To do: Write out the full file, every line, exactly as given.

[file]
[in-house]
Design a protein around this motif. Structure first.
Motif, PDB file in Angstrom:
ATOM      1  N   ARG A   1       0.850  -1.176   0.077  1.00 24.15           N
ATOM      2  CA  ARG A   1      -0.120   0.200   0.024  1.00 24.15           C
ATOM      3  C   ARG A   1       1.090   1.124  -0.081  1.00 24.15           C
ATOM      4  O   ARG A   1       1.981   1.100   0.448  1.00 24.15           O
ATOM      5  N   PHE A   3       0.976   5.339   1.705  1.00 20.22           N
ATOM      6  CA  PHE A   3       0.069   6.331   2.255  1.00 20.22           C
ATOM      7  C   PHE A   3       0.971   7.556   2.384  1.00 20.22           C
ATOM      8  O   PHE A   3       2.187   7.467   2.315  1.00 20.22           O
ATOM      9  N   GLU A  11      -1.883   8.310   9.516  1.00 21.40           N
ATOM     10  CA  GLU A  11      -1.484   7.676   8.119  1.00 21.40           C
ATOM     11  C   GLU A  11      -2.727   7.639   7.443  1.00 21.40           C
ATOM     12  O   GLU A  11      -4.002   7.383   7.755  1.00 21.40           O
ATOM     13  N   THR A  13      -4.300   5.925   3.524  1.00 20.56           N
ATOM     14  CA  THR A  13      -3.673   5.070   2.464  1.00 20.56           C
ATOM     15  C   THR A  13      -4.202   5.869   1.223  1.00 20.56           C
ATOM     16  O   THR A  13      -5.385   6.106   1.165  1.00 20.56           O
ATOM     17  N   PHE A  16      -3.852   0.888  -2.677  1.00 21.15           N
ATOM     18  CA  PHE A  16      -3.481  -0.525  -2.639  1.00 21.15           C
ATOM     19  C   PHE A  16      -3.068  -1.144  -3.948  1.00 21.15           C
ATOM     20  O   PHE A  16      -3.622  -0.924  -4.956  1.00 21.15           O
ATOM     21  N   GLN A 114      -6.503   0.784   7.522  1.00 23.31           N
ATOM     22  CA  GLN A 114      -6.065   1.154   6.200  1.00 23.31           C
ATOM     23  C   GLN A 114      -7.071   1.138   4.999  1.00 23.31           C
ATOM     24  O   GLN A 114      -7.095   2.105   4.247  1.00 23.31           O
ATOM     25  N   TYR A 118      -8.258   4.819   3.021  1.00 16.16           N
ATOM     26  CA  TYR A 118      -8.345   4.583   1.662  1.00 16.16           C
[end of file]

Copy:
[in-house]
Design a protein around this motif. Structure first.
Motif, PDB file in Angstrom:
ATOM      1  N   ARG A   1       0.850  -1.176   0.077  1.00 24.15           N
ATOM      2  CA  ARG A   1      -0.120   0.200   0.024  1.00 24.15           C
ATOM      3  C   ARG A   1       1.090   1.124  -0.081  1.00 24.15           C
ATOM      4  O   ARG A   1       1.981   1.100   0.448  1.00 24.15           O
ATOM      5  N   PHE A   3       0.976   5.339   1.705  1.00 20.22           N
ATOM      6  CA  PHE A   3       0.069   6.331   2.255  1.00 20.22           C
ATOM      7  C   PHE A   3       0.971   7.556   2.384  1.00 20.22           C
ATOM      8  O   PHE A   3       2.187   7.467   2.315  1.00 20.22           O
ATOM      9  N   GLU A  11      -1.883   8.310   9.516  1.00 21.40           N
ATOM     10  CA  GLU A  11      -1.484   7.676   8.119  1.00 21.40           C
ATOM     11  C   GLU A  11      -2.727   7.639   7.443  1.00 21.40           C
ATOM     12  O   GLU A  11      -4.002   7.383   7.755  1.00 21.40           O
ATOM     13  N   THR A  13      -4.300   5.925   3.524  1.00 20.56           N
ATOM     14  CA  THR A  13      -3.673   5.070   2.464  1.00 20.56           C
ATOM     15  C   THR A  13      -4.202   5.869   1.223  1.00 20.56           C
ATOM     16  O   THR A  13      -5.385   6.106   1.165  1.00 20.56           O
ATOM     17  N   PHE A  16      -3.852   0.888  -2.677  1.00 21.15           N
ATOM     18  CA  PHE A  16      -3.481  -0.525  -2.639  1.00 21.15           C
ATOM     19  C   PHE A  16      -3.068  -1.144  -3.948  1.00 21.15           C
ATOM     20  O   PHE A  16      -3.622  -0.924  -4.956  1.00 21.15           O
ATOM     21  N   GLN A 114      -6.503   0.784   7.522  1.00 23.31           N
ATOM     22  CA  GLN A 114      -6.065   1.154   6.200  1.00 23.31           C
ATOM     23  C   GLN A 114      -7.071   1.138   4.999  1.00 23.31           C
ATOM     24  O   GLN A 114      -7.095   2.105   4.247  1.00 23.31           O
ATOM     25  N   TYR A 118      -8.258   4.819   3.021  1.00 16.16           N
ATOM     26  CA  TYR A 118      -8.345   4.583   1.662  1.00 16.16           C